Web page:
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Care and Feeding is Slate’s parenting advice column. Have a question for Care and Feeding? Submit it here or post it in the Slate Parenting Facebook group.

Dear Care and Feeding,

My 16-year-old daughter is horrendously anxious about school and test-taking. Though we’ve never explicitly pressured her about grades—in fact, we consistently message that we value her health and happiness far more than her marks—she attends a high-pressure magnet school where peers are extremely grade-focused. She gets physically sick from nerves multiple mornings per month, especially when a test is coming. SAT prep turned into a knock down drag-out battle every weekend until we gave up and allowed her to manage her own studying; she didn’t study and bombed the test, which of course made her feel even worse about herself.

I feel awful for saying this, but this behavior has honestly taken a huge toll on our family’s happiness, and I’m sick of it. We have two younger children. My daughter’s anxiety creates a lot of attention and emotion surrounding her (especially when she’s not in a good place mentally) and I sense our younger children are frustrated by the dynamic. At times, they’ll mimic her behavior and upon further check-in, it becomes clear they’re not actually anxious, and are just wanting attention. It feels like our entire family’s emotional state lies at the whims of a 16-year-old. I hate that I feel resentful about it. We brought her to a therapist, but she said she didn’t like it and refused to go for a third session. We’ve even considered pulling her out of the school, but she loves her friends and her teachers, and we think forcing her to switch schools would hurt her mental health even more. What should we do?

— Anxiety in Atlanta

Dear A.A.,

I’m so sorry that your family is going through this. Key word: your family. This isn’t just your daughter’s issue, nor is she an issue for the rest of the crew to be burdened by; this is a family challenge that needs to be confronted as a family. Perhaps the therapist you selected was not a good fit for your eldest, but I suspect that the entire household would benefit from some professional support. Your daughter requires some help in managing her anxiety, and the rest of you need some help in managing how it impacts the family dynamic. You, specifically, need to be able to grapple with these feelings of resentment that have been stirred by the turmoil in your home so that they do not become directed towards anyone or anything.

Also, you want to be very careful about assuming that your other children are not also suffering from anxiety. We have received a number of letters here from young people who are the siblings in a dynamic like the one you describe who are seeking help with getting their parents to understand that they are also coping their own mental health issues; they have found resistance, perhaps because their families do not want to believe that another child could be going through such a thing.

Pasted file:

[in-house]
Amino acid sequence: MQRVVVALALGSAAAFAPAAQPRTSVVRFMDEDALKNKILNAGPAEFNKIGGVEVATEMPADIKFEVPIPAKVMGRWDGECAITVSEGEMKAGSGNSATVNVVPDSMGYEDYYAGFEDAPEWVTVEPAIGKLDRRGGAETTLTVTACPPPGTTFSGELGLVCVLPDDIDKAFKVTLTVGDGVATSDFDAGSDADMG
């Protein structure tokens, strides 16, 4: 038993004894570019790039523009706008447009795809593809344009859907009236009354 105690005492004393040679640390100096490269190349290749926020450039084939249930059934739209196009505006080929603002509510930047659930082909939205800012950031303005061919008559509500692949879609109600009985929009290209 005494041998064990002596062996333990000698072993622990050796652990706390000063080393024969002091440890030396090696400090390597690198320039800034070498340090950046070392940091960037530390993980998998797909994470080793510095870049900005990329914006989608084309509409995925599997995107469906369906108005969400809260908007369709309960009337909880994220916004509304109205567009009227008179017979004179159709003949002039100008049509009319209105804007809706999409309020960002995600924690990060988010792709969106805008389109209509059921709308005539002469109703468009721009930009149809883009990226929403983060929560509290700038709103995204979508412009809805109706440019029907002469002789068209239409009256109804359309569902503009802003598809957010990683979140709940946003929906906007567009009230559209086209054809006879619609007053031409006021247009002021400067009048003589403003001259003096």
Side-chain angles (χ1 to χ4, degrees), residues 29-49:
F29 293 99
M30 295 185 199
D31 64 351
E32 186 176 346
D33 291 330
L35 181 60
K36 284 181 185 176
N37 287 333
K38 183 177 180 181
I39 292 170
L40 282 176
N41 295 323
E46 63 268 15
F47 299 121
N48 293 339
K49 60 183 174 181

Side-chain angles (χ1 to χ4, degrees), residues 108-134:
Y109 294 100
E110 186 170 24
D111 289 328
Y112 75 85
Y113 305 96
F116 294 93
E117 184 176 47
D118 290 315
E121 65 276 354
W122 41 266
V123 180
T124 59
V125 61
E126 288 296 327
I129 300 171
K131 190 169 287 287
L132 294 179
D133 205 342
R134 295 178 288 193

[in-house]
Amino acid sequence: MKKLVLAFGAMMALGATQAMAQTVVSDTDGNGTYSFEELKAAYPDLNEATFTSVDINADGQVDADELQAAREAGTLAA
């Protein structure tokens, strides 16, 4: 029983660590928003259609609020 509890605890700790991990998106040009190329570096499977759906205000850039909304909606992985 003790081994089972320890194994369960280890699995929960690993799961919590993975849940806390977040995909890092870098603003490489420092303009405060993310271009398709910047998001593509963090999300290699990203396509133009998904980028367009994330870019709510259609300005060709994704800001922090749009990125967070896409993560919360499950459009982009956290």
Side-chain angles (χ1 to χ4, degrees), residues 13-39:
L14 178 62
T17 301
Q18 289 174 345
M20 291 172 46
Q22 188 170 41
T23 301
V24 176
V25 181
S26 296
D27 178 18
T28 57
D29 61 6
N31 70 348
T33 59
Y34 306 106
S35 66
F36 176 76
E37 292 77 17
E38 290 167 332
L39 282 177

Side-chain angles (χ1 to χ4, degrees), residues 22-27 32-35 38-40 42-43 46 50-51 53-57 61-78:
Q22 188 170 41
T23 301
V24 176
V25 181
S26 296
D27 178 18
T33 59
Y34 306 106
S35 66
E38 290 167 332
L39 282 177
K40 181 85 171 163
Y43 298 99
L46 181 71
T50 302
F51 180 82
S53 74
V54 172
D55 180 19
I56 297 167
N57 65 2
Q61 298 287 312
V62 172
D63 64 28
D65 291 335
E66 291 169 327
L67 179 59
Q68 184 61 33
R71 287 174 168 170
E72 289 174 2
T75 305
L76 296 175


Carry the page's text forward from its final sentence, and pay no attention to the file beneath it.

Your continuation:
With the partnership of a new professional, assess your daughter’s needs and decide if continuing at the school she “loves” is something she can afford to do from an emotional standpoint and if so, how you can make this a better experience for her. Talk to her teachers and guidance counselor if you have not; though I cannot guarantee their support and understanding, capable, competent educators will be empathetic to what your daughter is experiencing and may be able to help support your efforts to help her approach school with less worry. Sending you all the best.

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Dear Care and Feeding,

When my son was just over a year old, he was bit badly by our family dog, and required surgery to close the wound. He’s left with a large scar on his head that is quite visible unless his hair is left very long. We’ve never spoken to him about the incident; he just knows that the dog was not nice to kids, so had to go to a new home. He’s starting school in the fall, and we’re feeling like this is the time to discuss things, before the scar is pointed out by a classmate, and he’s left with questions. What’s the best way to go about this? We’re still upset and horrified that it happened, and don’t want that to impact him. He’s a sensitive kid, so I want to be mindful of that too. Should we even tell him, or wait for him ask if it’s brought up? Never cut his hair again to avoid difficult questions? Please help!